Along with diamonds, various other noteable gemstones are explored. We learn that sapphire and ruby are different colored varieties of the same mineral, corundum, the second hardest known mineral after diamond. Brilliant sapphires are mined from gravel in the island nation of Sri Lanka, where the famous 12-carat sapphire engagement ring stone worn by Princess Diana was obtained. In China, jade is valued above all other gemstones. Its characteristic green is seen in statues, armbands, and other types of jewelry. Its tough molecular structure led to it being associated with security; in Chinese lore, jade imparts a protective aura to its owner. In Australia, the multi-colored gemstone opal is called “the Queen”. The diverse colors of opal is derived from its physical structure, billions of tiny spheres of quartz suspended in a geometric array. The world’s largest brilliant green emeralds are found in North Carolina, the gift of an ancient continental collision that created the Appalachian Mountains.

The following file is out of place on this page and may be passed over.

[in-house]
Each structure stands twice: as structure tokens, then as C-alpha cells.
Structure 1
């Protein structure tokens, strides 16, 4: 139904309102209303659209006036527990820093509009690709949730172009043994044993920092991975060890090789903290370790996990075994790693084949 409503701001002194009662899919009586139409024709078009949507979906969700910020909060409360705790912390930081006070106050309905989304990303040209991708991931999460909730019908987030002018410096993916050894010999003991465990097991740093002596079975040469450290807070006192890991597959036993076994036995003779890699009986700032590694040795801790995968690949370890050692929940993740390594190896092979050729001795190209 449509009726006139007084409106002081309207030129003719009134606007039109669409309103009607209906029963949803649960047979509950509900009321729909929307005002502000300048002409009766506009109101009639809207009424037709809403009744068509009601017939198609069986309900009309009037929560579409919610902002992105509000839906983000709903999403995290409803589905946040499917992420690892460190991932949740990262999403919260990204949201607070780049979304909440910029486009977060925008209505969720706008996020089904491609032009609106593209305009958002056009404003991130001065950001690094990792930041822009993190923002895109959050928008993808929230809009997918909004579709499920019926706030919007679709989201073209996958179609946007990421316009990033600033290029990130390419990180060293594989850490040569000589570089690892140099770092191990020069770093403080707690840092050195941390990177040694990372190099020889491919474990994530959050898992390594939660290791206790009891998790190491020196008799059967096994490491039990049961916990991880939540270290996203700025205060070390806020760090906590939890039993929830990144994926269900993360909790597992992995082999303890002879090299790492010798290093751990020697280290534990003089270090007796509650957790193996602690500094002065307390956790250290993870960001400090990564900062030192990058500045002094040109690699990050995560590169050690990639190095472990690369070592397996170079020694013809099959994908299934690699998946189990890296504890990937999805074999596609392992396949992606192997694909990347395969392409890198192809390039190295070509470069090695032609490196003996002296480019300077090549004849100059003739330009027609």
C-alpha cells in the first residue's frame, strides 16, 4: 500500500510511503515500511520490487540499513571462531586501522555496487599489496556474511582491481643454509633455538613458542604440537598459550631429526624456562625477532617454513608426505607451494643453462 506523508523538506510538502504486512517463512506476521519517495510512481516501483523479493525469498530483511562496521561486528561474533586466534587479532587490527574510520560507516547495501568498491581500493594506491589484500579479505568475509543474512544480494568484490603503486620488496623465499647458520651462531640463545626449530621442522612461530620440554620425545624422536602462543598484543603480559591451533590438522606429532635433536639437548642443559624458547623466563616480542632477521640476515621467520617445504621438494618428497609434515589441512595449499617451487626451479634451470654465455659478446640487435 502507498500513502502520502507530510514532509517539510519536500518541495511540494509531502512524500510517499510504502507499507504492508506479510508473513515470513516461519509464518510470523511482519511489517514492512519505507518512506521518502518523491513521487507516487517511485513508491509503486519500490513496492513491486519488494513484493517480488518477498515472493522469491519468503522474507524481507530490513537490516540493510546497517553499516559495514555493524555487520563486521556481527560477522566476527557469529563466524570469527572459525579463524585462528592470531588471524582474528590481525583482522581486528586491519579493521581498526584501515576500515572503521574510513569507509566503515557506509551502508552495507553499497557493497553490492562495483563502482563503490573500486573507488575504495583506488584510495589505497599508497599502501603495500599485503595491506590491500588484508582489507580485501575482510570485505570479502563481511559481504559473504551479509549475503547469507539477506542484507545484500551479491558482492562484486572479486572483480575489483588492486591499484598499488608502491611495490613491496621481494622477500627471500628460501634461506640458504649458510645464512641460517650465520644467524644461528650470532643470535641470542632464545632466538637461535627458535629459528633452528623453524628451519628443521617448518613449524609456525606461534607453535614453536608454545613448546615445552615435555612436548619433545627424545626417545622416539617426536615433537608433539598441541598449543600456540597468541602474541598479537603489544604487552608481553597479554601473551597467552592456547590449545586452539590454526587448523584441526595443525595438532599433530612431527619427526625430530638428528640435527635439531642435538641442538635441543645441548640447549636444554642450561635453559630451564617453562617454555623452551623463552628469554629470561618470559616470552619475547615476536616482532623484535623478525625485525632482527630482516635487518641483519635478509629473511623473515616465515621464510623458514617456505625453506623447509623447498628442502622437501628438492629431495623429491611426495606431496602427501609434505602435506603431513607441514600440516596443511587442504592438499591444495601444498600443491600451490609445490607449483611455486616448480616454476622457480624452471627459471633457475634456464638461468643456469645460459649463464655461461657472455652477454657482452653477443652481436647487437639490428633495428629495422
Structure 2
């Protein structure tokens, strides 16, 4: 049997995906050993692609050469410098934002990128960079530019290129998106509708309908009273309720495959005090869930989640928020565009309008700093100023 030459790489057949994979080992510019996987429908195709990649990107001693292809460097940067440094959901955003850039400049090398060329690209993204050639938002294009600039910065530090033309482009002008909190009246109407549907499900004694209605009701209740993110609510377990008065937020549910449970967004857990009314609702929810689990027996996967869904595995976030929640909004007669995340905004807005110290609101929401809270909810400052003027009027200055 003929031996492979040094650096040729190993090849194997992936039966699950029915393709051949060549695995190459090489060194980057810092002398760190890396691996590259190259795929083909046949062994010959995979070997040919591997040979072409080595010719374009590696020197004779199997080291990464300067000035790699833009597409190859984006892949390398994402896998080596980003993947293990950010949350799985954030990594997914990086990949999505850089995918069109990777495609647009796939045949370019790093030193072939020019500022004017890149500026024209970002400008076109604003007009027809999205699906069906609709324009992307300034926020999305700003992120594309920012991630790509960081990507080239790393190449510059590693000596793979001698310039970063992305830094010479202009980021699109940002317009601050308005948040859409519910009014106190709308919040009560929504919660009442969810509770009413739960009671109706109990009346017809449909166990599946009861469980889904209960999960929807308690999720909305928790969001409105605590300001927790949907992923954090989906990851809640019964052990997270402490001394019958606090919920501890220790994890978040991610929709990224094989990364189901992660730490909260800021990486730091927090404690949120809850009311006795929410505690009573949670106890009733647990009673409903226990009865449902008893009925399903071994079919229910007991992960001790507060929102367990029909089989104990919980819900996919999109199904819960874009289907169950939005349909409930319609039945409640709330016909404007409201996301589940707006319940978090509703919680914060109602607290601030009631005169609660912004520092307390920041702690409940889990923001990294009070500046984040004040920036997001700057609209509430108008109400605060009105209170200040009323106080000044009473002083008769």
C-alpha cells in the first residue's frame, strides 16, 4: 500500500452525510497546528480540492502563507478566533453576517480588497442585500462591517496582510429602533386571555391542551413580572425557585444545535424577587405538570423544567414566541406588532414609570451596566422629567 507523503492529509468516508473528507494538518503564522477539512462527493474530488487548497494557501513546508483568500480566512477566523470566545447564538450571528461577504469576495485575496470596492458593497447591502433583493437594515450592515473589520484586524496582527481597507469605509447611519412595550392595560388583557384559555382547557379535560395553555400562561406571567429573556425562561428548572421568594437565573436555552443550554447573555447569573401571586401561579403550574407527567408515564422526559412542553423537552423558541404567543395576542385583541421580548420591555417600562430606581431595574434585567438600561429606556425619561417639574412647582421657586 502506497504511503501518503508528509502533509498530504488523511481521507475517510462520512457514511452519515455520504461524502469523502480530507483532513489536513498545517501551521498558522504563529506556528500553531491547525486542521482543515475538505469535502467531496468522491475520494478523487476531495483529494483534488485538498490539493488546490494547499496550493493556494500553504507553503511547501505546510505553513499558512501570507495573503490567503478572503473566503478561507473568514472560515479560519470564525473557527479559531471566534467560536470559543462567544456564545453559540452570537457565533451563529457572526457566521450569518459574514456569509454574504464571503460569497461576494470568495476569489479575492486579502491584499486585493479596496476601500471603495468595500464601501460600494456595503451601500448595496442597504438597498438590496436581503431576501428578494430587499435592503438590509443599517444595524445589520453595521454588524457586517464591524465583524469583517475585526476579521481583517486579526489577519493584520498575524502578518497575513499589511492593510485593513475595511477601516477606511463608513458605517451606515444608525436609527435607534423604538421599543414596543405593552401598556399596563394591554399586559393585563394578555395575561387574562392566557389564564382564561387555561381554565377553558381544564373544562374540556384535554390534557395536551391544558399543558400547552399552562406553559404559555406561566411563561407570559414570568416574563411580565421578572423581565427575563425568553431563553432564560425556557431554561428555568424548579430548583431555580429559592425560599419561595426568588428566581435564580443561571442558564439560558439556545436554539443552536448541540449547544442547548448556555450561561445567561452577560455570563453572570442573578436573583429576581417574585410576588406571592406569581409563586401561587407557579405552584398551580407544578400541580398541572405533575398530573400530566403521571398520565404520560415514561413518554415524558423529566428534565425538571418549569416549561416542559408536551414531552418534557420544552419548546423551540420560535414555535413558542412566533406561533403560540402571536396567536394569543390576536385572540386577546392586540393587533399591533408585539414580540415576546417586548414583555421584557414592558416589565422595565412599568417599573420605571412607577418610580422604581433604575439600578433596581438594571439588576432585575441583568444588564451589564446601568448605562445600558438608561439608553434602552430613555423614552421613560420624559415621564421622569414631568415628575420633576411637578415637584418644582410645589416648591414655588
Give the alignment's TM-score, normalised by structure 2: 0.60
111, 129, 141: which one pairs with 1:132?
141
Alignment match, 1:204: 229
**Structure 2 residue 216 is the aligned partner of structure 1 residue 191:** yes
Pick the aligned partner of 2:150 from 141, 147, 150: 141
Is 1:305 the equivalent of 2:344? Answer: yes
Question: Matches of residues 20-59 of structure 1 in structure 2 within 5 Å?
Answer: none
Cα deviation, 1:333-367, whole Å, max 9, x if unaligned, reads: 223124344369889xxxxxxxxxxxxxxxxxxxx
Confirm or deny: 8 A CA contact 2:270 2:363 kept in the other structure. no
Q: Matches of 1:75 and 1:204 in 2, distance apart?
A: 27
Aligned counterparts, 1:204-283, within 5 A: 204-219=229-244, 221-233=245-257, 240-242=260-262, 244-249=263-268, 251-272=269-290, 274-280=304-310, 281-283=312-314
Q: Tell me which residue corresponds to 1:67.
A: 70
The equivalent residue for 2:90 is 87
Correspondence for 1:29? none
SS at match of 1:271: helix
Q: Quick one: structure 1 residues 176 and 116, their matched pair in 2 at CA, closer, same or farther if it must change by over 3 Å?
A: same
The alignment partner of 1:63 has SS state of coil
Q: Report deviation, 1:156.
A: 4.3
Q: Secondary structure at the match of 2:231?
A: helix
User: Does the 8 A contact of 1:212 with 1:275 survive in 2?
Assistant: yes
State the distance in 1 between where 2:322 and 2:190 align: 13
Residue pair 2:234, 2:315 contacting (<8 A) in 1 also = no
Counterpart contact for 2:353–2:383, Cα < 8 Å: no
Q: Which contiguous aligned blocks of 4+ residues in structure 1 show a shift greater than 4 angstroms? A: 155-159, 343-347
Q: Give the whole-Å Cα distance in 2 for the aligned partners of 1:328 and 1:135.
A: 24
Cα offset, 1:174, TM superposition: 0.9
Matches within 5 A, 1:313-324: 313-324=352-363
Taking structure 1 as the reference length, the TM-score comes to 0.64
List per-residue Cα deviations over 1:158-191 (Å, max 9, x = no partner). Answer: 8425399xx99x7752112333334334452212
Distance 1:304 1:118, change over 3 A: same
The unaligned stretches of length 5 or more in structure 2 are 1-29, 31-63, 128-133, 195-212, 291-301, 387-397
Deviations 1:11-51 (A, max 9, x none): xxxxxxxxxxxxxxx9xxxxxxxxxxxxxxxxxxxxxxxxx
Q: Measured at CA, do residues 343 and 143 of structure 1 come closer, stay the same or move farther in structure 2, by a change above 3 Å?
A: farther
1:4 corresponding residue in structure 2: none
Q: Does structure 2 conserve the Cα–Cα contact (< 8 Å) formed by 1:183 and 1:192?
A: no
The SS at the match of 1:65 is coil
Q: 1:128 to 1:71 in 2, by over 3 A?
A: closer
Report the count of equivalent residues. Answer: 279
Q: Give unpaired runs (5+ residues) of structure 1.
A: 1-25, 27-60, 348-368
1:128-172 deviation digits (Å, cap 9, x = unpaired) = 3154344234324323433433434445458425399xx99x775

Gemstones form in various ways. Many are related to the motion of earth’s plates, what we call plate tectonics. Volcanic activity deep in the mantle creates diamonds, which form on an upwelling plume of magma termed a kimberlite pipe. Inclusions of ancient material in diamonds also reveals that plate tectonics likely started about 3.2 billion years ago. Sapphires and rubies form when one of earth’s plates subducts or pushes its way under another plate. Australian opal appears to be derived from water-borne silica which is precipitated in fissures and cracks in the earth; opal can even replace the shapes of once-living life creating amazing opalized fossils. Although technically not a crystal, opal appears under the electron microscope as a fantastic congeries of tiny, perfect spheres of silica.

You will need to obtain a DVD of the video, use the PBS Internet site, or YouTube.